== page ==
Contacts of children who have been treated for skin infections associated with Staphylococcus aureus are likely to be colonized methicillin-resistant S. aureus themselves, according to a recently published study.
Stephanie A. Fritz, MD, and colleagues from the department of pediatrics at the Washington University School of Medicine in St. Louis performed a cross-sectional study of 183 children who were treated for S. aureus skin and soft tissue infections (SSTI) to examine the prevalence of S. aureus colonization among household contacts. The researchers also looked at household contact risk factors for colonization and considered anatomical colonization sites in both children and household contacts.
Of the children with S. aureus infection, 112 were colonized with MRSA; 54 had methicillin-sensitive S. aureus (MSSA); and 17 children were colonized with both.
Fritz and colleagues reported that of 609 household contacts, 323 were colonized with S. aureus; 115 were colonized with MRSA; 195 with MSSA; and 13 with both.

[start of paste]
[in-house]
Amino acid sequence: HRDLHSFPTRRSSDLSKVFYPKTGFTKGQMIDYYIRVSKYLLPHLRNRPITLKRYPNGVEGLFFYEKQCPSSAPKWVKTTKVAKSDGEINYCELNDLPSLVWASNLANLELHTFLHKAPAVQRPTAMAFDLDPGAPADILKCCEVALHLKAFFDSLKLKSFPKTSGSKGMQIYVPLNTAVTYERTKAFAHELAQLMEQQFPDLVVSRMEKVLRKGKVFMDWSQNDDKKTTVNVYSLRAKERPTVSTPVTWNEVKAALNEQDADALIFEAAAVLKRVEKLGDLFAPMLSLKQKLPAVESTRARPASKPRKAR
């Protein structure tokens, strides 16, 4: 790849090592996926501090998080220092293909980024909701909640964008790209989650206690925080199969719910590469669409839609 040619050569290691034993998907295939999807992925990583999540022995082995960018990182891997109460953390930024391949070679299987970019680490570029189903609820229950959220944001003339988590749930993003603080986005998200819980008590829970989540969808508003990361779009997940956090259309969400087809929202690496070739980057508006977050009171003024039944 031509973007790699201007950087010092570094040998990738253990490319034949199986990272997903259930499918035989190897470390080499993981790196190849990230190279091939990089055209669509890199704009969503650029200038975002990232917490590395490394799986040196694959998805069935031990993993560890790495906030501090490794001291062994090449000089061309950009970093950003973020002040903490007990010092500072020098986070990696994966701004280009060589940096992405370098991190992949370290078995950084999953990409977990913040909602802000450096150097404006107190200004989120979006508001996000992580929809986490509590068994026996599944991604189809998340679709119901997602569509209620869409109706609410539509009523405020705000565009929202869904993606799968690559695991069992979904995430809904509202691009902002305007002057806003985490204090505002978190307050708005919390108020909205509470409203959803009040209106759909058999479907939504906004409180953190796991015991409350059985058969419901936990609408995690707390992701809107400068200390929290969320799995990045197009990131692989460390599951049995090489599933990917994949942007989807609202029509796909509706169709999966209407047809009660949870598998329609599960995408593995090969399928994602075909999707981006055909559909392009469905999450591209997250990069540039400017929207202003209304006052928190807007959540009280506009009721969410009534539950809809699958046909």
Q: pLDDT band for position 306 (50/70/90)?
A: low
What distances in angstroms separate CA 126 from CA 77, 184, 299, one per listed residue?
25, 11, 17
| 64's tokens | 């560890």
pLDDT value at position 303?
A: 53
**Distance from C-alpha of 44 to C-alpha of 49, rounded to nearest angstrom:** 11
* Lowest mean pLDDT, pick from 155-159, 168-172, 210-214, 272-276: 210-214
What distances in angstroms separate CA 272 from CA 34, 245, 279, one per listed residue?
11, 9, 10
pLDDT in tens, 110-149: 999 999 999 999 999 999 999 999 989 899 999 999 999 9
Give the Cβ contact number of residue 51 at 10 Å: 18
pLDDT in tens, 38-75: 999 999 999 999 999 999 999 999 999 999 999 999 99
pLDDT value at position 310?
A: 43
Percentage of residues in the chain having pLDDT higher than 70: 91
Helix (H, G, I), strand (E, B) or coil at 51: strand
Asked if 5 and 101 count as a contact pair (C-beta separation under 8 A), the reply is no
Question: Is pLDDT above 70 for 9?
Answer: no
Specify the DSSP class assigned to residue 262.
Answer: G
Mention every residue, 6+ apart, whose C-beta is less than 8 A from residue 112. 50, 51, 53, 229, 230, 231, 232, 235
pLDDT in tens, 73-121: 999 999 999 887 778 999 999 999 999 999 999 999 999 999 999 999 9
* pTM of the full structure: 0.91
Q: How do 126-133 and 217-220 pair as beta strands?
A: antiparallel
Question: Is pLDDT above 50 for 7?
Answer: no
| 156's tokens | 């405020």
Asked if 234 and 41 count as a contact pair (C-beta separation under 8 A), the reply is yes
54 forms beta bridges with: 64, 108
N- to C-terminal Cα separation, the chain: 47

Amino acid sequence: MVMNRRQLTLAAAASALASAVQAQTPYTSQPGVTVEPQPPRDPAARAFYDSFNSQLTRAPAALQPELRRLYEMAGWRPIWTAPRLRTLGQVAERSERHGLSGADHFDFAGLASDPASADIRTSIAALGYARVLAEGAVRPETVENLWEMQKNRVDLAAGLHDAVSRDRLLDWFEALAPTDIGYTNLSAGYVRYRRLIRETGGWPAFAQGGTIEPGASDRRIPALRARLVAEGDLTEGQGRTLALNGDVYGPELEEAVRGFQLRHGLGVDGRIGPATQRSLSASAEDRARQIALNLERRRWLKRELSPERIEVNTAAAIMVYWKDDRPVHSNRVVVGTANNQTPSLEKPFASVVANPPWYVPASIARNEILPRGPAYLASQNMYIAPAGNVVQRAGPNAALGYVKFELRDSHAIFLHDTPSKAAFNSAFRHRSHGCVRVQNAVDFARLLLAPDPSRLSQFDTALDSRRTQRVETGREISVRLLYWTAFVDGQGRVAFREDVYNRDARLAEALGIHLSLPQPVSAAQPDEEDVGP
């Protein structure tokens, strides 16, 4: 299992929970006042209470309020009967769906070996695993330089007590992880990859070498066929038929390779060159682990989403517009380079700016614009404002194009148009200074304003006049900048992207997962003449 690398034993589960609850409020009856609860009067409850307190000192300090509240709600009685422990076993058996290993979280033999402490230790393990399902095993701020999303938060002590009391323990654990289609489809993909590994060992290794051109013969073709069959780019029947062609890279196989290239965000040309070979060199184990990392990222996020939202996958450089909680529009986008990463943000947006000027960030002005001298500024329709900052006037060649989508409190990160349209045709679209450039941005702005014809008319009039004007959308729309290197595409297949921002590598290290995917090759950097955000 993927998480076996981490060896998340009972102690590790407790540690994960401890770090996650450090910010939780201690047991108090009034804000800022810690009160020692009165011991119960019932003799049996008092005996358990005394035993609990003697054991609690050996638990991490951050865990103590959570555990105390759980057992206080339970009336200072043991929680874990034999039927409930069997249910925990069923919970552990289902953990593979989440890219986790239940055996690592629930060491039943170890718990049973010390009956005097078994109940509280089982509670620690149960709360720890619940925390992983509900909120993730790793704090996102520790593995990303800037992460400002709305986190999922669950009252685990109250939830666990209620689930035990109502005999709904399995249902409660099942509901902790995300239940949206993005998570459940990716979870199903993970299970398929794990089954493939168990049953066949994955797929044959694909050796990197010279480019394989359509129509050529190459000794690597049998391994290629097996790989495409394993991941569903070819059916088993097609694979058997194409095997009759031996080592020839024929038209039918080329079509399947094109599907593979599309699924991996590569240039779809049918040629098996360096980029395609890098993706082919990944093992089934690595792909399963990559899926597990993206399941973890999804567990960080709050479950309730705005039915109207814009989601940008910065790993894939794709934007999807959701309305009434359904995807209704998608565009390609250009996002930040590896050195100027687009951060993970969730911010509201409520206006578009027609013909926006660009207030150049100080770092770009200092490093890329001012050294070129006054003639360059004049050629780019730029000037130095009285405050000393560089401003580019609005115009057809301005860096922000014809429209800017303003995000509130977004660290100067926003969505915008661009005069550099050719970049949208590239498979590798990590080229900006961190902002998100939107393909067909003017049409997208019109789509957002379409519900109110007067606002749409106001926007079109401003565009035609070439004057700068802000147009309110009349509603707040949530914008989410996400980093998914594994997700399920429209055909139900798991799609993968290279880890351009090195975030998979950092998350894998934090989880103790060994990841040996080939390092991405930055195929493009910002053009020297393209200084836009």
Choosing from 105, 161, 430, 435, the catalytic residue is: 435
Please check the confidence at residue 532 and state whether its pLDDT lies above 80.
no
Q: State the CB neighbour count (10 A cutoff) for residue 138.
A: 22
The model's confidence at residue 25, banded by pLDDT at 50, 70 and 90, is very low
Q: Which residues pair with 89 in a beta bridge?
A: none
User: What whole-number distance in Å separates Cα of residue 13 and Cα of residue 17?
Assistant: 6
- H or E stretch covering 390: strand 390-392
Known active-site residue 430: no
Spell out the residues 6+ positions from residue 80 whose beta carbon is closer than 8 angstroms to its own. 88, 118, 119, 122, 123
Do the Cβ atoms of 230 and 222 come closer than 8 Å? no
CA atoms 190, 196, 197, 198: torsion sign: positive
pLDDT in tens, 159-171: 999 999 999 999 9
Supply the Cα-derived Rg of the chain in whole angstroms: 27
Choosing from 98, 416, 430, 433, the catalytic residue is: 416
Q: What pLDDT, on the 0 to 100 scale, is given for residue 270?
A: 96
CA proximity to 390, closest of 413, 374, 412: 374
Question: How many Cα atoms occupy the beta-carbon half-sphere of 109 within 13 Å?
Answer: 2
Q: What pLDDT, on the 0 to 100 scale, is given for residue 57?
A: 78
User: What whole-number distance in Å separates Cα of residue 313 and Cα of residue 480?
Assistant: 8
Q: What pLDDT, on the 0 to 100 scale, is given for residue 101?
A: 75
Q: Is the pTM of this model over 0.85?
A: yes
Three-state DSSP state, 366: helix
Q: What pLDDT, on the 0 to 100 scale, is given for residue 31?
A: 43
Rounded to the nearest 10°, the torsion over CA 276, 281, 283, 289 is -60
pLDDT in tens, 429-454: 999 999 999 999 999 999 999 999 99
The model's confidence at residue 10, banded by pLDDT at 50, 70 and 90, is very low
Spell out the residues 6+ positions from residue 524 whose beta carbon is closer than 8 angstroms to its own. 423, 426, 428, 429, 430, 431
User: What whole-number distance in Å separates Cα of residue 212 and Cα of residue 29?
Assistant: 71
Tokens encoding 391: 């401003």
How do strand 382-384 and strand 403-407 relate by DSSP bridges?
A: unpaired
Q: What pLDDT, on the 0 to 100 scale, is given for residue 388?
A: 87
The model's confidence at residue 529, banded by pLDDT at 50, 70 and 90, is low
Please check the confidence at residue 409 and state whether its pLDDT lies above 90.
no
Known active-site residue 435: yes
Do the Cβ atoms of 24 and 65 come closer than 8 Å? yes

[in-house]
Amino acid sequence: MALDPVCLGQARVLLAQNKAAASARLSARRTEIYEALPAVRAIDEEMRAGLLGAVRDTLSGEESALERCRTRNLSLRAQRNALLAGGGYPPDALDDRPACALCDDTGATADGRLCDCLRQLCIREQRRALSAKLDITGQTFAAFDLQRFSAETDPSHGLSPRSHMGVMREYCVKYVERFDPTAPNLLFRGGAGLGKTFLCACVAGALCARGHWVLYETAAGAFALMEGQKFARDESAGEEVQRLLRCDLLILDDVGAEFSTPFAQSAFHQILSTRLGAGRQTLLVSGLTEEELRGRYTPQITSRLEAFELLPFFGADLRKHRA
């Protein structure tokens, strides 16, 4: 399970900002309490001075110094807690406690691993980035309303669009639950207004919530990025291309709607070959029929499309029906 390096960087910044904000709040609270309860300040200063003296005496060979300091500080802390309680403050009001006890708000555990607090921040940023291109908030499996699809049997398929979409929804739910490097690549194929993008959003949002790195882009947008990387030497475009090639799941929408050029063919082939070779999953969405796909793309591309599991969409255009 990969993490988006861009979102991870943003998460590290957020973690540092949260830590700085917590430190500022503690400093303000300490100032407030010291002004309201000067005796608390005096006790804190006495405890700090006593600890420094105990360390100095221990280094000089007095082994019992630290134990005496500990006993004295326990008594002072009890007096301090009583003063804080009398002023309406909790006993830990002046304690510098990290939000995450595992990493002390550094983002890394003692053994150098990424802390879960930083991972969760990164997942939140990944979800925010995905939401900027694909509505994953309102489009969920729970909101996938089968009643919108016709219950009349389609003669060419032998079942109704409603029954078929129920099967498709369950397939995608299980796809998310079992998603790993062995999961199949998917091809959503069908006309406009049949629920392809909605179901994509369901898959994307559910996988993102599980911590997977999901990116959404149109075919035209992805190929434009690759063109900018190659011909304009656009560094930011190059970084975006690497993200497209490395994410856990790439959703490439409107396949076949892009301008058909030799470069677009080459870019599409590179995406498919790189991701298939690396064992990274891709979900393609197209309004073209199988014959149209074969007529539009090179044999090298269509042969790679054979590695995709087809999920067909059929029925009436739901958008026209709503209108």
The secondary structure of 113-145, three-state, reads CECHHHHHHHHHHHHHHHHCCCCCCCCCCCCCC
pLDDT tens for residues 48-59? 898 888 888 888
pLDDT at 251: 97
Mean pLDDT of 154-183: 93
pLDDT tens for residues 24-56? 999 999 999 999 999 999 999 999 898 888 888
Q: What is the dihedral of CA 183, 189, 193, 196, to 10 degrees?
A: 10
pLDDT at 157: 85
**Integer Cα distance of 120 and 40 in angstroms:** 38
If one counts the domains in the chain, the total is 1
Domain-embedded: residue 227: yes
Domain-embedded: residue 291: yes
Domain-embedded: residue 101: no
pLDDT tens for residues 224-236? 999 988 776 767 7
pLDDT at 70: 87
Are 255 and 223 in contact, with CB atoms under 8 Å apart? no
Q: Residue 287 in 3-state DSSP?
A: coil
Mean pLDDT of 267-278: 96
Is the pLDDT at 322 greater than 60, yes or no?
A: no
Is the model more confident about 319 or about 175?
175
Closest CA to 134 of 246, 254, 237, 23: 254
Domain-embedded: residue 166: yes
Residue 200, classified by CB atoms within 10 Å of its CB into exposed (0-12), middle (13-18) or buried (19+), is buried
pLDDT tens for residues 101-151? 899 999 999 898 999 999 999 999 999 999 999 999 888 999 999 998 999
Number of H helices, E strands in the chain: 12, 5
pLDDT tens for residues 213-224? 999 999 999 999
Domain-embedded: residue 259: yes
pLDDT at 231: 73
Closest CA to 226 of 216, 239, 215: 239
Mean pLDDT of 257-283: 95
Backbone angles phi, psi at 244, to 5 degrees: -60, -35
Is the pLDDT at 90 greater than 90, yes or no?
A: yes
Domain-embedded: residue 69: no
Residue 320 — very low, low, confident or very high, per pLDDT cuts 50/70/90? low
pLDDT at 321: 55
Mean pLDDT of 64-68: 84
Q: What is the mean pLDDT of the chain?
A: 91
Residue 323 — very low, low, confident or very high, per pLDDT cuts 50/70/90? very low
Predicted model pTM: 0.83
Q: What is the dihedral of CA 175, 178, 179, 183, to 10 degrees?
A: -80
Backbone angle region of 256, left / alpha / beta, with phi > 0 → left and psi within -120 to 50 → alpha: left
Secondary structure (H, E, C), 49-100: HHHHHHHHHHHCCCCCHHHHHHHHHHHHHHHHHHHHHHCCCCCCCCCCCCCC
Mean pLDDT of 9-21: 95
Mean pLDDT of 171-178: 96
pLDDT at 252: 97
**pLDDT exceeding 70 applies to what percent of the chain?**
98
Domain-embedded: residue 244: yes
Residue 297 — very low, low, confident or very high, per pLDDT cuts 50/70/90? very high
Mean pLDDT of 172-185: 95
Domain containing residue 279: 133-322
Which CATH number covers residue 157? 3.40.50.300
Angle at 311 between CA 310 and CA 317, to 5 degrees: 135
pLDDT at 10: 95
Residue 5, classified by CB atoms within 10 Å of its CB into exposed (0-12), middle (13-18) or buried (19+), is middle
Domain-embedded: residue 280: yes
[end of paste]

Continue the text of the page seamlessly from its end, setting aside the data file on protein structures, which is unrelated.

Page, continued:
The researchers noted that parents were more likely to be colonized with MRSA than others living in the household. Household contacts closest to the age of the infected child also seemed more at risk for MRSA colonization, perhaps because these family members “may share a bed or a bath with the index patient or share toys or personal hygiene items,” the researchers wrote, adding that MRSA was more commonly found in the inguinal folds than MSSA, which was more likely found in the nares.
“Failure to identify all colonized household members may facilitate persistent colonization or recurrent infections,” Fritz and colleagues wrote. “In addition, household environmental surfaces and shared objects represent potential reservoirs for S. aureus transmission. However, there are no data to indicate whether routine household sampling or decolonization would be practical or cost-effective. Longitudinal studies are needed to illuminate S. aureus transmission dynamics between household members and their home environment.”
Disclosure: Dr. Fritz reports no relevant financial disclosures.